Dr. Martha Joynt Kumar, Towson State University Department of Political Science, at that time of the March was a young 20 something White Virginia resident, and remembers the “enormous number of people…I had never seen a march like it…Before hand there was much fear by people in Washington that it was going to be some kind of problem because there were so many people coming and they had not experience anything like it.” Washington is progressive and a city that attracts world attention but Kumar says “It was something very unusual for the city. I remember the calm, the purposefulness of the demonstrators, the way . She said everybody dressed up, ‘I dressed up’… it was a very important occasion and we new it at the time. ”
Kumar says the march set a benchmarks. “Where have we gained in the march for justice. I do think in the legal area we have made great gains. But, in the area of economic issues, ares of housing and others we haven’t! So, we need to remember just because segregation has been legally wiped out it doesn’t mean we have a just society.”
One of he highlights of the day, was the last speech by then 33-year old minister Dr. Martin Luther King Jr. who addressed the crowd with a prepared speech where he talked about blacks receiving a check from the government stamped insufficient funds, and then the non-scripted portion known as “I Have a Dream.” Dr. Amos Brown, one of three Morehouse College students taught by Dr. King says “American must not have a fixation on those fine words, as eloquent and beautiful as they were. I think America should be responsible, held accountable and deal with what Dr. King dealt with in the first half of that speech.”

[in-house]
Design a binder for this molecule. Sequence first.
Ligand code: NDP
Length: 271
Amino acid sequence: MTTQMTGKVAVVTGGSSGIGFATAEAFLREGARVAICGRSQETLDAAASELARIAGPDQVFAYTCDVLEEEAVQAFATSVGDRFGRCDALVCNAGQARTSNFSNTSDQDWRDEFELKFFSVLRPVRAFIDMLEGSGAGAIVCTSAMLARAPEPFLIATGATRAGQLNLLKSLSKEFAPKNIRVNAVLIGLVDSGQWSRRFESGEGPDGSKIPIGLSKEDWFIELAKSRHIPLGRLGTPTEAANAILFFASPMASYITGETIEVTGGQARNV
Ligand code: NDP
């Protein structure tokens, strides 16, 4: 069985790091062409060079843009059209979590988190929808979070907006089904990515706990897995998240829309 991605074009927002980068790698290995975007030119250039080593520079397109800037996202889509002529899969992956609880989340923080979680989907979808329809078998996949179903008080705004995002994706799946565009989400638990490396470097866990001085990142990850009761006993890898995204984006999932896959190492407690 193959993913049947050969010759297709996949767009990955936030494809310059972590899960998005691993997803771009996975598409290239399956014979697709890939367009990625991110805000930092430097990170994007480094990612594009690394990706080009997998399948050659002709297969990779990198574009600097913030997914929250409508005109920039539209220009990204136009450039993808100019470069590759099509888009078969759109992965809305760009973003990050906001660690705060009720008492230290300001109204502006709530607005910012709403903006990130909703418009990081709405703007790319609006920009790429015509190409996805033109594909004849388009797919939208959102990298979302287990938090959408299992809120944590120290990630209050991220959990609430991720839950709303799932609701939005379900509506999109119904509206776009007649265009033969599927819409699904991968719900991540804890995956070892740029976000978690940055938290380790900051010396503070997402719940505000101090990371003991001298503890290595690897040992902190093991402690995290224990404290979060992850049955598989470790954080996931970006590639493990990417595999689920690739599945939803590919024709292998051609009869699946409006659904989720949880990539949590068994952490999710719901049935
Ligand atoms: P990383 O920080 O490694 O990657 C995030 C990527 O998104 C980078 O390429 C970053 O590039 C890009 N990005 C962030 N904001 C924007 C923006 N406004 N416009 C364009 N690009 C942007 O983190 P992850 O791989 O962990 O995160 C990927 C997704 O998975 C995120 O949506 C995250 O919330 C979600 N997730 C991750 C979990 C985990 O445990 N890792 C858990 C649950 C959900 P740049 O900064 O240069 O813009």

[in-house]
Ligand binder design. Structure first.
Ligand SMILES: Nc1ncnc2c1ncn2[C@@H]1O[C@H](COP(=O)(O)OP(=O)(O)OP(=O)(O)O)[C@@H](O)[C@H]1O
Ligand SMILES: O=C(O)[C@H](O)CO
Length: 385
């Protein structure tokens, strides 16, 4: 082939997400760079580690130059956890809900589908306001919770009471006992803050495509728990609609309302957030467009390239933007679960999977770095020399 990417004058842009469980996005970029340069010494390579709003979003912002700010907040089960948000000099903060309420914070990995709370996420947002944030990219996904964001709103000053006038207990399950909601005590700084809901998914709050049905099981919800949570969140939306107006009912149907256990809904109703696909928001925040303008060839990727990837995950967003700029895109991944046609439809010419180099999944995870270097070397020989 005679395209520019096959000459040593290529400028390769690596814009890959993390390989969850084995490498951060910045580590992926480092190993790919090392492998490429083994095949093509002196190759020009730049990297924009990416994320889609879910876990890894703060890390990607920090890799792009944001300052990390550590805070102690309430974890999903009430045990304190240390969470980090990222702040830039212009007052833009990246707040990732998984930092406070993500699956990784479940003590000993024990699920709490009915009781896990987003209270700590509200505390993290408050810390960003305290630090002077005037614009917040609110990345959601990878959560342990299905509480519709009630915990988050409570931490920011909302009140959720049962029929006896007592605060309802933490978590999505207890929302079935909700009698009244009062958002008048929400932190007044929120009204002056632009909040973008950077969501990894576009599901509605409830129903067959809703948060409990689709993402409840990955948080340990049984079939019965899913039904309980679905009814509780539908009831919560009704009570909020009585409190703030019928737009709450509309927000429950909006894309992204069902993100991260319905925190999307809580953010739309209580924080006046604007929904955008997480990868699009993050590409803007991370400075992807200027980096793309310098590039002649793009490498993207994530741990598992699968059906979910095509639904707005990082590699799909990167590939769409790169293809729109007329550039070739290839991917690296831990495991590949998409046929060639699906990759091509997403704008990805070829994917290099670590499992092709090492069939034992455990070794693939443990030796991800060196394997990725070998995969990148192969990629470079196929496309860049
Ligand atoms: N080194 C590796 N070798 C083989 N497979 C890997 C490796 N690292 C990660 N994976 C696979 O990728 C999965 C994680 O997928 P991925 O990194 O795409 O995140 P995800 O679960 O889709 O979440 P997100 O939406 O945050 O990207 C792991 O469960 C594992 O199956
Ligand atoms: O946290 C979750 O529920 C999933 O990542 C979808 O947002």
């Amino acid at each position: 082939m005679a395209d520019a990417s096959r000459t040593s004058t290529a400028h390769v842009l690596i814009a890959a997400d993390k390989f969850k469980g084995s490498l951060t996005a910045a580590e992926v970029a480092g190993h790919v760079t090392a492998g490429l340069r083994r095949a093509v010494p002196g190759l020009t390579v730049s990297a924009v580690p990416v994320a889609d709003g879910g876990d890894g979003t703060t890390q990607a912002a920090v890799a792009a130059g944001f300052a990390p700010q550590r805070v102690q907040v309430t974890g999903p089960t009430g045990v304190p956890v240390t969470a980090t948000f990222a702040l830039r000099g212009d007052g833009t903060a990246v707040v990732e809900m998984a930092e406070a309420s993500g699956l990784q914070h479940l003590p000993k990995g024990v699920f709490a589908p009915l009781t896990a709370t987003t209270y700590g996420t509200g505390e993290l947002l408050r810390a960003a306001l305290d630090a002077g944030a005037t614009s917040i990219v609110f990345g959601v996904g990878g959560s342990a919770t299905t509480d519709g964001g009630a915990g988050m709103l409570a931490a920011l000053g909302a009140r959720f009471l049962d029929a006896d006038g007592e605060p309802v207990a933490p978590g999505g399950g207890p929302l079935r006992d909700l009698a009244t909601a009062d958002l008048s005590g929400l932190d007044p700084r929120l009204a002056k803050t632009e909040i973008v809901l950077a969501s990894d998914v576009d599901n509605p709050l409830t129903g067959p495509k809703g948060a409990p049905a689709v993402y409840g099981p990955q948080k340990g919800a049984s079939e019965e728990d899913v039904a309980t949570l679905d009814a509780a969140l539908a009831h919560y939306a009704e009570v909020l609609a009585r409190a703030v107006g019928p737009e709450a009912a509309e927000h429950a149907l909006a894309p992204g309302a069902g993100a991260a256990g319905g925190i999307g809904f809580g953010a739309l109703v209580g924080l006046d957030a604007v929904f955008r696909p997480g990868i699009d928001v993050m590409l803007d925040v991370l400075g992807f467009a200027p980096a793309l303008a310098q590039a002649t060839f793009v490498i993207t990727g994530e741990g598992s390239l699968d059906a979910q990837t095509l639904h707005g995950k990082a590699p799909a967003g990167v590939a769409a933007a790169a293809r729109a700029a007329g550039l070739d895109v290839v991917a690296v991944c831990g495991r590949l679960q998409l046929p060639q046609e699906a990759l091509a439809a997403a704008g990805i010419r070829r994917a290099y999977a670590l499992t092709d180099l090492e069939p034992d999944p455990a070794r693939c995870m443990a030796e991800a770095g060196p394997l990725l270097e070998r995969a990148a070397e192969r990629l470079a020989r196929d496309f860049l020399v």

Brown believes people want to remember the poetry and not the meat of address. Brown sits on the National Board of the NAACP and says of the scripted portion of the King speech, “It was about the stark reality of injustices that were perpetrated against black people in areas of employment, education and equality of opportunity.”
Former Republican, Oklahoma Congressman, J.C. Watts, Chair of J.C Watts Companies was just six-years-old at the time of the historic March on Washington for jobs and Freedom. He says “I don’t think anybody can say we are really where we should be.”
Watts, recognizes the significant gains we as a people have made to include the first Black American President but Watts recognizes We still have poverty in what is the richest and what I believe is the greatest nation in the world. We still have 1.8 million kids drop out of school every year. Many of those kids are Americans of African descent. We still have Americans of African descent with businesses stuck in ruts. There is a lot of issues out there. We have to look at the models we use in dealing with these issues and then culturally we see a lot of cultural decay from Florida to Oklahoma to you name it. ”
Wednesday three American Presidents, Barack Obama, Bill Clinton and Jimmie Carter will attend the Wednesday event at the Lincoln Memorial. Event organizers are prepared for bell ringing at 3 pm to mark the moment after Dr. King finished his historic speech almost a half century later. Former President George W. Bush was invited to the event but “is unable to be in Washington this week” according to his press person.